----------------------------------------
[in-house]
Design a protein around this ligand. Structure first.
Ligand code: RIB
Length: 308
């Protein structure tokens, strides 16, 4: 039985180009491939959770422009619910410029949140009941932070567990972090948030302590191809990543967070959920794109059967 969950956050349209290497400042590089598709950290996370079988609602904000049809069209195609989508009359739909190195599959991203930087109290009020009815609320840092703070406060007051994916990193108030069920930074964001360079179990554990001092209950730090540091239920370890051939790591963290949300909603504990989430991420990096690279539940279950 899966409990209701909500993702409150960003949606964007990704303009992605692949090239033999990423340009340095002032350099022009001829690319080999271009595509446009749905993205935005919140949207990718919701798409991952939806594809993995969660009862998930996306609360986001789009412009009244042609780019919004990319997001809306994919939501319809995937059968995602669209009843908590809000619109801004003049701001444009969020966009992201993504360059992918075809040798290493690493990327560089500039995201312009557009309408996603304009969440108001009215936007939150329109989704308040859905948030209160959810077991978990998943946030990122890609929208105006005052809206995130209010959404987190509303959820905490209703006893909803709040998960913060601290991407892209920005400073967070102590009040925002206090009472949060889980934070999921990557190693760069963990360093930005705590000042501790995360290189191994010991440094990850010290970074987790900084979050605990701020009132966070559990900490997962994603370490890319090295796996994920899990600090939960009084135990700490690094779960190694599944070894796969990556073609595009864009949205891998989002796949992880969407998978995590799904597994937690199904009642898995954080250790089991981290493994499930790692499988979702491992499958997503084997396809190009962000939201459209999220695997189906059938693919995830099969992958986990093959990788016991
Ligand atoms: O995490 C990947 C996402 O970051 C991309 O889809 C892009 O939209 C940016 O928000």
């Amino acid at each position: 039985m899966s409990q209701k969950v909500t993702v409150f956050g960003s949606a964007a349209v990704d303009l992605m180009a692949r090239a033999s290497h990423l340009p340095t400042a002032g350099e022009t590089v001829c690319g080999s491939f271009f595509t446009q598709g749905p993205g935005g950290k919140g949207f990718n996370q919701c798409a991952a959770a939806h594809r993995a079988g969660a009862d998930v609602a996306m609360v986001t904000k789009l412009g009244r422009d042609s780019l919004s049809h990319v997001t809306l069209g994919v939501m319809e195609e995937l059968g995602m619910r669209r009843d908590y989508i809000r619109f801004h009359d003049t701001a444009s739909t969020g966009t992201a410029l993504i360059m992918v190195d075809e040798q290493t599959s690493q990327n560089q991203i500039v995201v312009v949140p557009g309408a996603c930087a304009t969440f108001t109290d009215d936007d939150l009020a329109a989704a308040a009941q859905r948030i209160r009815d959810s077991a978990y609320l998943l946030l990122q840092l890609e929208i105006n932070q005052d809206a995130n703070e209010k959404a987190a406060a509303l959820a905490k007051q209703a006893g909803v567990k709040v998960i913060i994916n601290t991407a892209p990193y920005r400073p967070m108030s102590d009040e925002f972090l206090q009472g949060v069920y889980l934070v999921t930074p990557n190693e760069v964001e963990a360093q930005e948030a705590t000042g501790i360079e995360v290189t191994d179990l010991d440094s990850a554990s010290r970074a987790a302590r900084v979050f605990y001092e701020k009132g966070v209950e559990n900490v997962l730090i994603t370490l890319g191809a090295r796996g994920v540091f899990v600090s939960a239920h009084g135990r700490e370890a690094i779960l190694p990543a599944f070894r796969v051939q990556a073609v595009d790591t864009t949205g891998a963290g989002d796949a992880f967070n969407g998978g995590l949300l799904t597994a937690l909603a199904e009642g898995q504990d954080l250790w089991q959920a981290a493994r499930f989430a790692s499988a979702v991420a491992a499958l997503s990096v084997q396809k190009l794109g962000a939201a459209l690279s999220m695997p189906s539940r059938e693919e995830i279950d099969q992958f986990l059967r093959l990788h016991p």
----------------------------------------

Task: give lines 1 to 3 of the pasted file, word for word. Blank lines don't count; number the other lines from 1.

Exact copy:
[in-house]
Design a protein around this ligand. Structure first.
Ligand code: RIB